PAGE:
As a result, the Original version of the page converted leads at 9.71% and the Variation converted at 9.52%. This might seem like a small difference, but due to the large number of visitors on the page, it meant a loss of 100+ leads from the variation design.

Here’s the comparison image of the two versions that were tested (click on image to see larger version):

[pinit url=”” image_url=”” description=”CompareCourses split tested a new variation page which included best practices, yet it generated lesser leads than the original.” float=”left”]
CompareCourses Comparison

This makes it clear that you should never take anything on face value or go by what just “feels” or “sounds” right. It’s high time that we all should leverage the power of A/B testing as one can never be 100% sure about the changes made until you test them.

Never forget that even the the most often believed-to-be “best practices” of the web can misguide you. This is why it is essential for you to check the hypothesis before you make the changes permanent on your landing pages.

Another interesting point that came into light because of this case study is that when there’s more than one CTA on the page, it’s always best to track the changes for all of them, even when you’ve made changes to improve the CTA for just one of those elements on the page.

For example, not tracking the overall conversion of the page and only considering the lead generation through their Lead Enquiry form could give inaccurate insights to Compare Courses about their overall lead generation rate.

Comments (10)

Leave a Comment
  1. Very interesting analysis, and a well done post. Just a quick question: I noticed that the page was related to Bachelor of Accounting, and that the first CTA was to download a brochure. The most important CTA, as far as I understood, was in the “Enquire about this course”, that likely has the same keywords as the search. Also, by the numbers that you mentioned, it was probably the one with the highest clicks. By moving it to the right, I think that many people did not fully see it. Did you try the opposite, to move the “Request Brochure” to the right and give more evidence to the “Enquire about this course?”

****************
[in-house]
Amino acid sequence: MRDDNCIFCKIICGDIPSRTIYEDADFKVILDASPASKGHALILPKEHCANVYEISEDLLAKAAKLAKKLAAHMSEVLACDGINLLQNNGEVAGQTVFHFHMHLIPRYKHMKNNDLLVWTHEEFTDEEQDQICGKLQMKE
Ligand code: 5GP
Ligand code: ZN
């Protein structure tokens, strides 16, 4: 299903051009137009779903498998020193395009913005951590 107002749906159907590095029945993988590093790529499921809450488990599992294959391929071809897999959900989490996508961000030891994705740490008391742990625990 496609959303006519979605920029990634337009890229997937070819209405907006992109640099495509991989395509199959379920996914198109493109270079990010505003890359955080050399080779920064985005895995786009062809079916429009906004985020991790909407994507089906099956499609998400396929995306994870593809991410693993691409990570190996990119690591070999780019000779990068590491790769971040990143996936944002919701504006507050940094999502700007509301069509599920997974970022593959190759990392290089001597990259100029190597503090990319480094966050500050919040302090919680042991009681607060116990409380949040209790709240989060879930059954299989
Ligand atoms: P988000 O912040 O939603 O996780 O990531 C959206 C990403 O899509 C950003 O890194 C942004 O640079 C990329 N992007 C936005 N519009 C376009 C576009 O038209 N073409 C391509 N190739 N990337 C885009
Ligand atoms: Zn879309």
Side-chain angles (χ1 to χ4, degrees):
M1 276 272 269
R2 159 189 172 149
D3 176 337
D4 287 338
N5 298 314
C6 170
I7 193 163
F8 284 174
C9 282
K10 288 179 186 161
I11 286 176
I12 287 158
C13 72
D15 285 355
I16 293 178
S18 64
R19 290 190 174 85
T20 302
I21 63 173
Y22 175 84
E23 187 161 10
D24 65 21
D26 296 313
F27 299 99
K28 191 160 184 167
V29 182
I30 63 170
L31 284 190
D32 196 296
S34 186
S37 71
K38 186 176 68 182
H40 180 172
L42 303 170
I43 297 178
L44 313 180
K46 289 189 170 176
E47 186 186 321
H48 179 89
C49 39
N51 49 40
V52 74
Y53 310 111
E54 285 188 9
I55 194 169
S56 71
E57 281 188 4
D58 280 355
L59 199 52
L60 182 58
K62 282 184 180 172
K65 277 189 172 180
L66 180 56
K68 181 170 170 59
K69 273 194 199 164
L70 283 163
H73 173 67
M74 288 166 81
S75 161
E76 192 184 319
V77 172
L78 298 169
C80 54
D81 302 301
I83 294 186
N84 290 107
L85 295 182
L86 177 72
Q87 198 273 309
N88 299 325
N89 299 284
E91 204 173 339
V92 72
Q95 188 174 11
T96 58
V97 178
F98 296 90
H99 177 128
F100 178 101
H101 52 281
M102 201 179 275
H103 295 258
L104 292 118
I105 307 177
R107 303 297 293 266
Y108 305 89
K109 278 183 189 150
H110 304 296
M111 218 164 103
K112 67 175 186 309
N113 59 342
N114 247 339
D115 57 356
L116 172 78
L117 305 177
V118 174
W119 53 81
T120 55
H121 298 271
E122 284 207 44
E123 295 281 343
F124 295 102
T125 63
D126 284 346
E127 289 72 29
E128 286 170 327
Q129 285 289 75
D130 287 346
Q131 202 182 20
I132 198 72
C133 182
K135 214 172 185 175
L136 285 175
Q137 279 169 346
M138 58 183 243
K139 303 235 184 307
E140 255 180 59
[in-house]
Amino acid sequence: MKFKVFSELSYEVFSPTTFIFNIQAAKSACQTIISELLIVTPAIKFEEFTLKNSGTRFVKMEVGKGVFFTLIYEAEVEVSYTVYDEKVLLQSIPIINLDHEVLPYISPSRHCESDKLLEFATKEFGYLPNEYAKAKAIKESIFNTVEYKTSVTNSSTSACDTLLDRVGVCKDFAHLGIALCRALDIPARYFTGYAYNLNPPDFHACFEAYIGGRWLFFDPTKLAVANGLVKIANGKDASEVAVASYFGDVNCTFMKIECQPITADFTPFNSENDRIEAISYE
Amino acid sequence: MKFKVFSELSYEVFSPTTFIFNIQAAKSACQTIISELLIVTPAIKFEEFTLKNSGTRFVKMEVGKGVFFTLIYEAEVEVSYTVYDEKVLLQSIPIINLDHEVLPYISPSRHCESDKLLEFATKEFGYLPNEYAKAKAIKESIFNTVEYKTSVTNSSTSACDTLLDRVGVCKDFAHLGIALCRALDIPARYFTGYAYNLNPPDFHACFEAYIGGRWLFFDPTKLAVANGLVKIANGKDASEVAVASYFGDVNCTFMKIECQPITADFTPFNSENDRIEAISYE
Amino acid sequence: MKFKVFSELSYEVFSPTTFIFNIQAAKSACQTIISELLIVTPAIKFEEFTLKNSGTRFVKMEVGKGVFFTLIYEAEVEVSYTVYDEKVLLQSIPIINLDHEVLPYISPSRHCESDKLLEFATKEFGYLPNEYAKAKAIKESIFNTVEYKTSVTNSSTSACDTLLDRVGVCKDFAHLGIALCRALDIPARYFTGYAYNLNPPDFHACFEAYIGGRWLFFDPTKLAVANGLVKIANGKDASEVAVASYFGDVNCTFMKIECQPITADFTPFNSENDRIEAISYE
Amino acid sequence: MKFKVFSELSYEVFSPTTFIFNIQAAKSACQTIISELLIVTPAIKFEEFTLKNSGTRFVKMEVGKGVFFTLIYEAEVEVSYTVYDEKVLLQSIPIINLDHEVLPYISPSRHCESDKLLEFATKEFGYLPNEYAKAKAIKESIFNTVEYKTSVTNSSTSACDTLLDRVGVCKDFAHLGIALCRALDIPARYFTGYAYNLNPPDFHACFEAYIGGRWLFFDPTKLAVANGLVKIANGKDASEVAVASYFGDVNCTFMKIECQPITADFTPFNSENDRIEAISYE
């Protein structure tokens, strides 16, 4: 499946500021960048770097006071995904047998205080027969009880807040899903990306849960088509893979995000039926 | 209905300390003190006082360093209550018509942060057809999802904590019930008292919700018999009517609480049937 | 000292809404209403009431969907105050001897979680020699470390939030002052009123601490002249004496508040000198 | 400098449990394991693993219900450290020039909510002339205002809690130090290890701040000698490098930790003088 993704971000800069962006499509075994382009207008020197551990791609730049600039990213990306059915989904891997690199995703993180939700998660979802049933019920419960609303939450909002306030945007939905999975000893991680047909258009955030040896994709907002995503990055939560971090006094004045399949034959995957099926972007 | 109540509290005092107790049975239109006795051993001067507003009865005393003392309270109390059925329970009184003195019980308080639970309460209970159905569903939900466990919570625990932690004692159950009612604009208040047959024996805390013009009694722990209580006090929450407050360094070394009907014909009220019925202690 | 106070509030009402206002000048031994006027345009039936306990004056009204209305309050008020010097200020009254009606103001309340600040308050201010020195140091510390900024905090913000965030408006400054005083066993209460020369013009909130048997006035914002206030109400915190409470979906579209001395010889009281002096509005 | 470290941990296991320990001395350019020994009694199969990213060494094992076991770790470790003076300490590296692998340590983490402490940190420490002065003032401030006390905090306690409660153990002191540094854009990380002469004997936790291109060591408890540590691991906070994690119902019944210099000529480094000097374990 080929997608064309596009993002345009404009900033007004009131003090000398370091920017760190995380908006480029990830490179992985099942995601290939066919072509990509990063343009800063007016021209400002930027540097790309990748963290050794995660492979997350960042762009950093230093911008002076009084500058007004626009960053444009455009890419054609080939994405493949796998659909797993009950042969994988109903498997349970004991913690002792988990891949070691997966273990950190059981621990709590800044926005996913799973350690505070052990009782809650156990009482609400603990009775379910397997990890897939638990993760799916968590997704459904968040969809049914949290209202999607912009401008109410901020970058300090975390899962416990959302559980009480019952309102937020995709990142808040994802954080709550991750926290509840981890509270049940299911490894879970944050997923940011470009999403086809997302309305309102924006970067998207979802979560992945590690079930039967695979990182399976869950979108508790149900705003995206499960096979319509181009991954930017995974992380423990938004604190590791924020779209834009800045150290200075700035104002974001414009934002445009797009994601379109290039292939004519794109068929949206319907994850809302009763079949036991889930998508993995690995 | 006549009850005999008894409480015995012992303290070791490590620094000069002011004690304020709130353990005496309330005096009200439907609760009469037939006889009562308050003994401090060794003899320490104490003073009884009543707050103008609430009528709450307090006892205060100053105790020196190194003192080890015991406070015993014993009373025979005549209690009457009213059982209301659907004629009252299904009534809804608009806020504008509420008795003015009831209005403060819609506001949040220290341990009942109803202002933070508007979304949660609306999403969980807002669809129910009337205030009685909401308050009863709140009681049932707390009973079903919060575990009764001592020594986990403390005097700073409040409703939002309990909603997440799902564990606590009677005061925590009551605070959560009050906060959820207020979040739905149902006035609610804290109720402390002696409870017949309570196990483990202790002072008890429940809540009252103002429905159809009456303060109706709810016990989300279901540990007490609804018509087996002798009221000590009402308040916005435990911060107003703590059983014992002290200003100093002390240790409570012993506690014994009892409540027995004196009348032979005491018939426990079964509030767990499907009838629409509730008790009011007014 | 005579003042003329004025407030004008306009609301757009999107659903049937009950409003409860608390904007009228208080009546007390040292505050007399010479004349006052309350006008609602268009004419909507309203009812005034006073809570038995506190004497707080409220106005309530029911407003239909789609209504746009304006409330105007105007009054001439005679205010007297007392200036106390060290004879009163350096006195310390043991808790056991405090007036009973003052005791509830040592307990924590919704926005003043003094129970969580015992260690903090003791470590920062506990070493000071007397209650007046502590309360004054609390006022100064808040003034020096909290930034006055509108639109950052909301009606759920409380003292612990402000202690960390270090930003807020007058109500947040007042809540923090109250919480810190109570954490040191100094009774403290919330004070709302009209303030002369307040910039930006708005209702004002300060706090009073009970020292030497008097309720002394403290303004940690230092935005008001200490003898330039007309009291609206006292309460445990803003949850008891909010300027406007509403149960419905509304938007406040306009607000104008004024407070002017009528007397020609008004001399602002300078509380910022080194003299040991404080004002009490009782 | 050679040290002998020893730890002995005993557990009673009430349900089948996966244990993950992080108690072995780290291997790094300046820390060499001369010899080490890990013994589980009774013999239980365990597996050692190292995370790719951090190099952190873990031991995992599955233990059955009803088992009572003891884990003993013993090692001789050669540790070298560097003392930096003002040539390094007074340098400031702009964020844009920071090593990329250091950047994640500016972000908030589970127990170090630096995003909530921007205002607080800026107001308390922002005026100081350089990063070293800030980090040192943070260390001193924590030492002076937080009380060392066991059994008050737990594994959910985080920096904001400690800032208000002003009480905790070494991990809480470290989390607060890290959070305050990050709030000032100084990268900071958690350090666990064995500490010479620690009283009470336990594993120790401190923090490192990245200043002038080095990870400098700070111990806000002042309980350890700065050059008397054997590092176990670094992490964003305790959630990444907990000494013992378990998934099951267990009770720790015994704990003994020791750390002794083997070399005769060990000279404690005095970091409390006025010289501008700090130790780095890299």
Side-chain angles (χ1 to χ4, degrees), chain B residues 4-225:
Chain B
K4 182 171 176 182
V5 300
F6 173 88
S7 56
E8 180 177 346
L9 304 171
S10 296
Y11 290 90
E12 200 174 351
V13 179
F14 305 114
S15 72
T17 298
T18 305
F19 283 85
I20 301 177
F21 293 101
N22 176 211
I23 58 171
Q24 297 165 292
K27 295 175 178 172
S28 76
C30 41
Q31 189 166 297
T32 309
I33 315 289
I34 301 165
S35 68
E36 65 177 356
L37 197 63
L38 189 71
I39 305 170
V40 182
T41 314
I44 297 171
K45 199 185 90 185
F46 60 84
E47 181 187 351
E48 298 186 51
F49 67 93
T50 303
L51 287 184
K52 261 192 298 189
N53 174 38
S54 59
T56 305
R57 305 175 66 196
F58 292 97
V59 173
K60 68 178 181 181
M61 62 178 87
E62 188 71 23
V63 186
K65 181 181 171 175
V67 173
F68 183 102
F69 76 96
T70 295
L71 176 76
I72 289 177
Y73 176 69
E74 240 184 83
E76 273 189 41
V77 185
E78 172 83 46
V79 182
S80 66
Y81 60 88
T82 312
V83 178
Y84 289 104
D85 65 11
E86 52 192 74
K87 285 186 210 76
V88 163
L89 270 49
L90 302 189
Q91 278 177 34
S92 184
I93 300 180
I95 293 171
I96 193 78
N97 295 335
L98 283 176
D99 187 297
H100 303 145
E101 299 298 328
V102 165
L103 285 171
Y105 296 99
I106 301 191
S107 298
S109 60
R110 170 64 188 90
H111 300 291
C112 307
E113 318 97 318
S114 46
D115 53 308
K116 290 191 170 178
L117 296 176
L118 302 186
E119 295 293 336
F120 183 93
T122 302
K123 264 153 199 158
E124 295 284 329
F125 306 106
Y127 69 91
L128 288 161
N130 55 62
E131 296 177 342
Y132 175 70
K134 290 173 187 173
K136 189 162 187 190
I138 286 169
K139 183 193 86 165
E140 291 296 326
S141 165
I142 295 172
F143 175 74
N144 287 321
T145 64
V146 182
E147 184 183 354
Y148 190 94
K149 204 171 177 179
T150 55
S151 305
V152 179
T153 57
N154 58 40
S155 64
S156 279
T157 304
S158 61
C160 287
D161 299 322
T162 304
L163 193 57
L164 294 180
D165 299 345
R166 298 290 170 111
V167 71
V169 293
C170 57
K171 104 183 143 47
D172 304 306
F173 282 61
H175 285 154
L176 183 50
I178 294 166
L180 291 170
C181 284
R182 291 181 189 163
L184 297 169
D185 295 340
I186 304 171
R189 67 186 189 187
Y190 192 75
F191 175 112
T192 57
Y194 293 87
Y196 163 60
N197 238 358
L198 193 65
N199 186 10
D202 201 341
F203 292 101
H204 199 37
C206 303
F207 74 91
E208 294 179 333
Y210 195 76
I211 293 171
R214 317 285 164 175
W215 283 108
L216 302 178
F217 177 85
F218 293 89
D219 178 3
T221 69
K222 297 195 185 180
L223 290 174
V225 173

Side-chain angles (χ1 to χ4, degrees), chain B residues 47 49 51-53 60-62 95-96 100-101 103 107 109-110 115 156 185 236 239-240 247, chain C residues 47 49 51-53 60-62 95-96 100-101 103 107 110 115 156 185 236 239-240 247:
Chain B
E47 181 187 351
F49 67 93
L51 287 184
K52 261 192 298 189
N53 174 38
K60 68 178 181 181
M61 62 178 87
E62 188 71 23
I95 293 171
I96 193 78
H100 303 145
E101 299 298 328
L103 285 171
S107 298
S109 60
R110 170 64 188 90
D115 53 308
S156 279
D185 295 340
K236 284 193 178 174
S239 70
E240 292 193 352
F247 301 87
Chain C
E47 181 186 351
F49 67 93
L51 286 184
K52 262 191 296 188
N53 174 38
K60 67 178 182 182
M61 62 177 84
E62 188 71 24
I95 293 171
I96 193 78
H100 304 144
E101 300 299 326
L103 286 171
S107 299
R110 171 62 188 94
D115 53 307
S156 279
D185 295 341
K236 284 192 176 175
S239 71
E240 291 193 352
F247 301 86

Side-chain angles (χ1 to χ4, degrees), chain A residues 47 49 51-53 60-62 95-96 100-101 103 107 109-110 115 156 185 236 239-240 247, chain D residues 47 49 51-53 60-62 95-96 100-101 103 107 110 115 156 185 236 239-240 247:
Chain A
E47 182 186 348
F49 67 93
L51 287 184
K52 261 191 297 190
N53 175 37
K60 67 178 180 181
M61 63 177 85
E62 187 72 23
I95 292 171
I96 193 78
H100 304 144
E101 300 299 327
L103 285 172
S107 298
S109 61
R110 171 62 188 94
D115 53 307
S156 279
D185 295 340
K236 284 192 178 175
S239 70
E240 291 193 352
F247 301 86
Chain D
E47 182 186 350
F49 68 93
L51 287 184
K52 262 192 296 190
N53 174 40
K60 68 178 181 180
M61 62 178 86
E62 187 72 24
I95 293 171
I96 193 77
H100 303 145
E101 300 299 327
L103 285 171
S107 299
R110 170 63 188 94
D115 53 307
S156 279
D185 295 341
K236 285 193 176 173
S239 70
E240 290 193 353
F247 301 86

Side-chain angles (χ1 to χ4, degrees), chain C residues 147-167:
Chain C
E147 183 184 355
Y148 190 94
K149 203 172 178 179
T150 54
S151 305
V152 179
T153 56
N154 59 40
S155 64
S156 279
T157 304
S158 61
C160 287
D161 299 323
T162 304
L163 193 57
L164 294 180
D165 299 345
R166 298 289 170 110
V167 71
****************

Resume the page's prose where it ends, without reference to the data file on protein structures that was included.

2. I wouldn’t call the decrease in Send Enquiry lead generation rate unexpected considering the notion of banner blindness – mentioned by Jakob Nielsen and others. As Caetano Notari suggests, people probably “deliberately” overlook the form to the right judging it to be irrelevant advertising banners.

    I would advise CompareCourses to cut down on the graphics and overall visual clutter. The page is simply “trying too hard” with three in-our-face CTAs.

    From a quick look it is not clear that both Request Brochure and Send Enquiry are about the same thing – the course. The elements look like disjunct entities. This is due to a confusing hierarchy of elements, e.g. the green header is more prominent than the page header. Again, the Send Enquiry is trying too hard.

    Another issue is this: It is not clear what to expect to get when Requesting Brochure and Sending Equiry.

  3. I just don’t see how this could remotely be surprising. The form was moved away from the main column to the sidebar. How could that possibly be considered a best practice?

  4. Hi Caetano, although all the CTAs were equally important for Compare Courses, I’ll have to agree with you that visitors probably didn’t pay much attention to it, considering it to be a banner ad or something, like it has been pointed out by Adreas in the next comment. It would be interesting to see the response if the two CTAs (Request Brochure and Lead Enquiry form) are placed the other way round.

    Hey Andreas, those are very interesting insights that you bought up about banner blindness and the green header being more prominent than the page header.

    Still, I will have to disagree with you on reducing the visual clutter and the lack of clarity of both the CTAs requiring action about the same course. To me, it seems clear as there’s only one course that was covered on the page. But yes, maybe briefing about the kind of enquiries that can be submitted or what readers should expect in the brochure may help Compare Courses in getting a better conversion rate.